Sunday 30 • 23 Oct 2016

Joel 2:23-32
2 Timothy 4:6-8,16-18
Luke 18:9-14

Rev. Chris Udy

Last Sunday morning
Steve and Erin gave me
a five-minute lesson on rowing.
They said you’re safe
until you think you know what you’re doing –
and that’s when you tip in.
They spoke about the discipline you need to row –
how one hand does the pulling
and the other hand the turning,
and you start with the legs
and continue with your back
and by the time the arms get a look in
you’re accelerating and you don’t really need them –
and as we finished talking
I was pretty sure I had it all worked out –
and that, of course, is when you tip in.

It struck me that rowing
seems a lot like baptism.
It’s the water that makes it work,
because the water holds you up –
until it doesn’t, and then you tip in.
It works because water’s flat –
until it isn’t, and then you tip in –
and it’s harder
when the wind blows from the wrong direction,
or when there’s a current,
or someone else in the crew starts thinking
that they know what they’re doing –
because that’s when it all goes wrong
and you tip in.

So rowing also seems a very good way
to learn how to swim –
and that’s like baptism also.
In baptism, as in rowing,
you have to trust yourself to the water,
and you find
that water is both necessary –
you can’t row or live without it –
and also scary.
Water can take your breath away - literally;
it’s unpredictable and slippery;
it seems to hide things that are fearful,
even when it’s absolutely clear.
So when we trust ourselves to the water
we take a risk –
we put life itself in peril –
but if we avoid the water we can’t live.

We celebrate baptism
because of what happened on the day
when Jesus trusted himself to the water,
and tipped in.
As he was rising from the water
he saw a light, and heard a voice
that the words he heard were,
‘You are my son, my beloved,
and I am delighted with you’.
That affirmation – that declaration of love –
was so significant to Jesus
that he wanted everyone
to hear it for themselves –
and that’s why, this morning,
Steve and Erin trusted Jack to the water,
and heard God’s affirmation of love for him:
Jack is a child of God, one of God’s beloved,
and God is delighted with him.

Baptism reminds us
that life is a lot like swimming, or rowing.
We have to trust –
trust ourselves to life in the water,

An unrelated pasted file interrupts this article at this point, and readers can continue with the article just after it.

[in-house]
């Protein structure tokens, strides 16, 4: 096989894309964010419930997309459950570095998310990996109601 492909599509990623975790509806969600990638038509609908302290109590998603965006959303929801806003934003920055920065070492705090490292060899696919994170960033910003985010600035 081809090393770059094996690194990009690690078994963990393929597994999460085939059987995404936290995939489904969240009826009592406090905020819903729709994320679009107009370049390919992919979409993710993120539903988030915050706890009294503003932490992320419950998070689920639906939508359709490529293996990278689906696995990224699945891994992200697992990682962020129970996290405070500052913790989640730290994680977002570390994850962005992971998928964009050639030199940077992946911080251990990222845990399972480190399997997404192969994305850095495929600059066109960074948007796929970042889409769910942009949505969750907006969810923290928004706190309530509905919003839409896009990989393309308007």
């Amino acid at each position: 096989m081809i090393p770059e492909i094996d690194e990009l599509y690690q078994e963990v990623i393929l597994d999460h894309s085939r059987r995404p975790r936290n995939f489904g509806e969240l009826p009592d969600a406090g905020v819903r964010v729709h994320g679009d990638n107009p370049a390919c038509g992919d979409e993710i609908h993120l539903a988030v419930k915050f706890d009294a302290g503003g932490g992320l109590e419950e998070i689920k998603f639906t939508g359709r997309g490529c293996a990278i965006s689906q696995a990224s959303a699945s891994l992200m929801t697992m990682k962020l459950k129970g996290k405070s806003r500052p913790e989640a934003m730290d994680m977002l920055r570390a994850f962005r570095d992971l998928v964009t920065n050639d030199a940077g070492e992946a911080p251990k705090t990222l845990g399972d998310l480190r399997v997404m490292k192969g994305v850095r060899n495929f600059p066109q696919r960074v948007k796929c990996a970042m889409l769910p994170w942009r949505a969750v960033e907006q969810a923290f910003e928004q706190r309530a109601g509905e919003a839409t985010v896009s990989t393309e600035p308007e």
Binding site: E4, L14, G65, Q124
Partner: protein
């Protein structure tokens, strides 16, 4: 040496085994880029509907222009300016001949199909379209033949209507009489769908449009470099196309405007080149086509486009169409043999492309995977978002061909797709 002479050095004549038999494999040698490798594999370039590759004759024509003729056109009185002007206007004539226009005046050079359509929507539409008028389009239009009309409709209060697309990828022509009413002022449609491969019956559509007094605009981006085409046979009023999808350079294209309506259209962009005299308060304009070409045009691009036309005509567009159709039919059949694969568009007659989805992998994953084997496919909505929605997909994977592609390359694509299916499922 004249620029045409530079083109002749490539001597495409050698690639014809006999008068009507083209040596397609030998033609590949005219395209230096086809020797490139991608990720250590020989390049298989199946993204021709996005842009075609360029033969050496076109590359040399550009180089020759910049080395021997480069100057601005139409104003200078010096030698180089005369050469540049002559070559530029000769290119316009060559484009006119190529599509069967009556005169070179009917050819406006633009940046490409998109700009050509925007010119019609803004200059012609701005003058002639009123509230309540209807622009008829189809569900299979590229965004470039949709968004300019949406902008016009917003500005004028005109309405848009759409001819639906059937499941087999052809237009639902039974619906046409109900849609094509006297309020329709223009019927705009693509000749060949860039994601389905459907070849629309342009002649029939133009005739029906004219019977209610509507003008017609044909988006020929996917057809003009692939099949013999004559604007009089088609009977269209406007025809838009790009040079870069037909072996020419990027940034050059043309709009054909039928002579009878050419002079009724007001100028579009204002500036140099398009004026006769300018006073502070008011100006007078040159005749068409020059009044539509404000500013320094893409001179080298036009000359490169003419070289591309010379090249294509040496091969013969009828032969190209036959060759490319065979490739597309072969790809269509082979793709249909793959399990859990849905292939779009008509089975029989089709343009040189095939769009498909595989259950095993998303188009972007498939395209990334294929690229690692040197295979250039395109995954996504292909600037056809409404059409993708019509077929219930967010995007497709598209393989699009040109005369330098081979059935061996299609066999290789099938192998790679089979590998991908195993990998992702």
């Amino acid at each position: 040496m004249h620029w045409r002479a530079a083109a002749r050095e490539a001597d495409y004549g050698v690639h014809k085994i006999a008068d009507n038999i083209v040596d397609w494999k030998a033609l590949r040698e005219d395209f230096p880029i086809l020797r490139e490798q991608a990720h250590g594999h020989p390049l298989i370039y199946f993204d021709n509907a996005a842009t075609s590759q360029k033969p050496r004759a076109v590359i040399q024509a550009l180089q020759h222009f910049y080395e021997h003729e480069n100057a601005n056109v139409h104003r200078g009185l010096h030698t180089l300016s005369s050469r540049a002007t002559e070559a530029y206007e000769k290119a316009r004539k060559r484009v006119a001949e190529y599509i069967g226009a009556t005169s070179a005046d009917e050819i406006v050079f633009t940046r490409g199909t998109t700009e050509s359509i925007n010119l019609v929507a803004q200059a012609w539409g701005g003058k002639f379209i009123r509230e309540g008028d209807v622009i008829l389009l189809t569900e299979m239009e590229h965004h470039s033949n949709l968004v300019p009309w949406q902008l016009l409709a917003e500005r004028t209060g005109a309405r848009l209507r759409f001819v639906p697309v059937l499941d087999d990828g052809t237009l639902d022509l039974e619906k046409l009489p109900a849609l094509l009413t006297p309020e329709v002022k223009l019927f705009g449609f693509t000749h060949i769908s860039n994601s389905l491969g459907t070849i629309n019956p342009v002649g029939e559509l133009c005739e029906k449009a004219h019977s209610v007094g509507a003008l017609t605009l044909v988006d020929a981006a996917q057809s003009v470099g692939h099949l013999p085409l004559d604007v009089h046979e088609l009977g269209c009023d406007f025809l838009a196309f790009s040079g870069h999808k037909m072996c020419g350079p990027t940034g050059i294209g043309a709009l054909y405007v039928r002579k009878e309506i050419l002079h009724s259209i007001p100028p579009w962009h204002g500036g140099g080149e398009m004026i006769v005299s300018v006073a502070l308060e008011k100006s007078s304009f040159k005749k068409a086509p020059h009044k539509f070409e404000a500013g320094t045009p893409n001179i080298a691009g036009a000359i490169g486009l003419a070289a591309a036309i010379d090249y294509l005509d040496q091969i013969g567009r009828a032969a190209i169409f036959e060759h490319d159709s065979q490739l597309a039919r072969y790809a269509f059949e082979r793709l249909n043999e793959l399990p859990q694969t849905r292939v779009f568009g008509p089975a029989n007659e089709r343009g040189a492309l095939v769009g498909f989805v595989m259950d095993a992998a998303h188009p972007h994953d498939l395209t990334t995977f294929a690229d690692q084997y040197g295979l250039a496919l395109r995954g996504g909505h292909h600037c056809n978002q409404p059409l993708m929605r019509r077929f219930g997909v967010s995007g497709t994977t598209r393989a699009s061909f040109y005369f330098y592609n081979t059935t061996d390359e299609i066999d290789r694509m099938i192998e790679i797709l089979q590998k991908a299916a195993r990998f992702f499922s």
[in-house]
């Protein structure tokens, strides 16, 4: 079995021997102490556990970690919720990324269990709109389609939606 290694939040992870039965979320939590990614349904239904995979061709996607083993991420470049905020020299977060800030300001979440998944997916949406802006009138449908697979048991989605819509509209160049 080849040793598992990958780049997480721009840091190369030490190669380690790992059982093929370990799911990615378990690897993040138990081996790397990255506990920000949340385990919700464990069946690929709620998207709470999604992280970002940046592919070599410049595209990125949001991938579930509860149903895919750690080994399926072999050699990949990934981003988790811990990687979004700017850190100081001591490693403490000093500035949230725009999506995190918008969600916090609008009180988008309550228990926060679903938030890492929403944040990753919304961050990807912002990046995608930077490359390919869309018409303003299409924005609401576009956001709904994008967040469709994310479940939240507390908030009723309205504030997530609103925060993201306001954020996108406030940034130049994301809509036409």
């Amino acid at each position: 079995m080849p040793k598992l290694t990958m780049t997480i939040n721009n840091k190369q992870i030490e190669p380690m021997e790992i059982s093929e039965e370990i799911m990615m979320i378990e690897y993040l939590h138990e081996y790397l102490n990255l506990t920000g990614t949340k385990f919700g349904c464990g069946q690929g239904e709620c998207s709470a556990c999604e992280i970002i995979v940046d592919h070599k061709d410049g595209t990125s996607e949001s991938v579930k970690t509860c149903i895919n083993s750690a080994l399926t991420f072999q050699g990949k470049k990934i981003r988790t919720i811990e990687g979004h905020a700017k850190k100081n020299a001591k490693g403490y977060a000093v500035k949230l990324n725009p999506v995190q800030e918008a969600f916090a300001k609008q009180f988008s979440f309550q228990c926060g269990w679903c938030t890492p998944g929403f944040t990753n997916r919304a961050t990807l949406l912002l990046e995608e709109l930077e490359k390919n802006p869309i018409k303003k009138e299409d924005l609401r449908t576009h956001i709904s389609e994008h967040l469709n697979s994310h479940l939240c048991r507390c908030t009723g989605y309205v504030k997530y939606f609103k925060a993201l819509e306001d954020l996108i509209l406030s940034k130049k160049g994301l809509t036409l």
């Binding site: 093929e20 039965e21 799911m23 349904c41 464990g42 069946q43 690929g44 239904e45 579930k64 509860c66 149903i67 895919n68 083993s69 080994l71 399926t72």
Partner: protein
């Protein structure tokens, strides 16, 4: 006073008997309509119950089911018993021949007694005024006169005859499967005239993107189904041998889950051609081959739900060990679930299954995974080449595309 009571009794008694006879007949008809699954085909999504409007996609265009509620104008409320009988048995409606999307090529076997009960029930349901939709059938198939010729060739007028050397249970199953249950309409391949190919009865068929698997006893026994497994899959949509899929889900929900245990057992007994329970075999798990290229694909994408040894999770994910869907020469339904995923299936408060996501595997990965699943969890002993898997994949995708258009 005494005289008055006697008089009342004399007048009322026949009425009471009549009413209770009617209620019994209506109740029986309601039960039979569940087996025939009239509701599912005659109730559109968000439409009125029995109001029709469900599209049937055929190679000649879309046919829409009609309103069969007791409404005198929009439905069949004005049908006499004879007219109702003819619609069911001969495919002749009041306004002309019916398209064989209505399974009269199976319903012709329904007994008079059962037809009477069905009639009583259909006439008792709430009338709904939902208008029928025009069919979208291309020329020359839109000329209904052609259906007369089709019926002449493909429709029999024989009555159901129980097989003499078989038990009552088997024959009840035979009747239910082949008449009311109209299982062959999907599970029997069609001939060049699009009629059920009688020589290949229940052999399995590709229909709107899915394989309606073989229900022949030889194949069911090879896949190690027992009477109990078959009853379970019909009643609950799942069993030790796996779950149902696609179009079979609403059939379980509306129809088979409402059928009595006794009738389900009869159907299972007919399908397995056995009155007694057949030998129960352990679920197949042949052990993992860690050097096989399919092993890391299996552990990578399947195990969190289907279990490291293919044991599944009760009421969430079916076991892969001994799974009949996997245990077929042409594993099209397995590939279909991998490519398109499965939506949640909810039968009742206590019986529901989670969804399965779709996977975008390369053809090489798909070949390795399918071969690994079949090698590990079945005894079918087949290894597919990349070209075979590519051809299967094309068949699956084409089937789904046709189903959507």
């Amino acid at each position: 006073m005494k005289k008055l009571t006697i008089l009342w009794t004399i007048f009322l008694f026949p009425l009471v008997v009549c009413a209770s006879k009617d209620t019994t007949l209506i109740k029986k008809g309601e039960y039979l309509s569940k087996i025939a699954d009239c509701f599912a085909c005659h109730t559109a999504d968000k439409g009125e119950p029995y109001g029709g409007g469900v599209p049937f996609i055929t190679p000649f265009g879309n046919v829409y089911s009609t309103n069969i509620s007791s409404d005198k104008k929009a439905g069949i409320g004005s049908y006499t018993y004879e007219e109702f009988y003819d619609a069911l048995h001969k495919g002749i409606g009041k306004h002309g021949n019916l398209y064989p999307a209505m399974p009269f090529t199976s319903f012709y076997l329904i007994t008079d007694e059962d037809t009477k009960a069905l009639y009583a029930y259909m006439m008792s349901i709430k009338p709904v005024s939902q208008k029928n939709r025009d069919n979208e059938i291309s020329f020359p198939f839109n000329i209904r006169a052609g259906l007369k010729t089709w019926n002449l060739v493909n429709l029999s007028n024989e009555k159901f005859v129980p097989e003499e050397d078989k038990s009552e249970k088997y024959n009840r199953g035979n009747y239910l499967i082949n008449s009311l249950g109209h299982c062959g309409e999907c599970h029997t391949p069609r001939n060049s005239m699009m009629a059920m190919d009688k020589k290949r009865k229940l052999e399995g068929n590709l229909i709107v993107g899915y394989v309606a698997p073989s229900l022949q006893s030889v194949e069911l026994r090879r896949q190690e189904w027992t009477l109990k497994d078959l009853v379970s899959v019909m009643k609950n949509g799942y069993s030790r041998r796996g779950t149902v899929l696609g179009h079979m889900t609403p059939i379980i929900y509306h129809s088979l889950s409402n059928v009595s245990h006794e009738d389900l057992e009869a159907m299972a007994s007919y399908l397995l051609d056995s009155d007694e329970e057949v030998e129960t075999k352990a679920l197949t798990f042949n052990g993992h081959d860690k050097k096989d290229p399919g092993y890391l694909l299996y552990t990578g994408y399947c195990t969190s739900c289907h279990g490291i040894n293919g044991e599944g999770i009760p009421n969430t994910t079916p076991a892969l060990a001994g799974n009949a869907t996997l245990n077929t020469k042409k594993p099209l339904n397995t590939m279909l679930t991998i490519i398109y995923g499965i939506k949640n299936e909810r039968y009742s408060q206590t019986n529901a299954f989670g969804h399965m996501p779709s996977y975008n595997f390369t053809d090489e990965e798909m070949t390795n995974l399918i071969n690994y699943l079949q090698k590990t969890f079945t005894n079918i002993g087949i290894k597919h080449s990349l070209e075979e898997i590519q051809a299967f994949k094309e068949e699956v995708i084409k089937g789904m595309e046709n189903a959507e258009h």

even though life in the water
can be chaotic and scary,
because water is absolutely vital to life.
So when we celebrate baptism
we begin with water:
water as a symbol of life,
and of Spirit, and of God -
and we remember
that the day when Jesus trusted himself to the water
was just at the beginning of his story.
Just as Jesus wanted everyone
to hear God’s declaration of love for them –
he also wanted his life
to be a story they could hear and respond to –
a discipline they could learn,
a pattern they could return to –
so in the baptism service we say the creed
as a summary for that story of his life.
In rowing, as Erin and Steve explained it to me,
you practice and repeat the movements and actions –
you build strength,
you do things over and over again
until they’ve transformed you;
something that is difficult
and strange when you begin
becomes normal, and easy –
and then you get over-confident,
and then …

In the baptism liturgy
Erin and Steve said they would offer Jack
an example of Christian life and faith,
and that they would pray
for Jack to learn the way of Christ.
The way of Christ is the Jesus story,
his discipline, his pattern for life,
and we learn it more from each other
and in community,
than we can from a book.
Baptism is like rowing
in that, while we can do it on our own,
we have to learn it from others,
and it’s much more fun – and faster,
and, I imagine, quite a bit safer –
when we do it with a crew.
Erin and Steve also promised
that they would encourage Jack to grow
within the fellowship of the Church,
so that he can learn,
and be given reminders that he’s loved,
not only from his parents,
but from all of us.

Baptism isn’t complete with just the water,
or with only the story,
it also needs the fellowship of the Church,
the community of faith,
the body of Christ –
to sing God’s blessing for us,
and to tell us the stories of faith in ways
that are both faithful to our tradition
and creatively fresh and new.

Today we read three stories of the faith,
and while we’d normally concentrate on just one,
today all three have something to say
in our celebration of Jack’s baptism.

The first reading came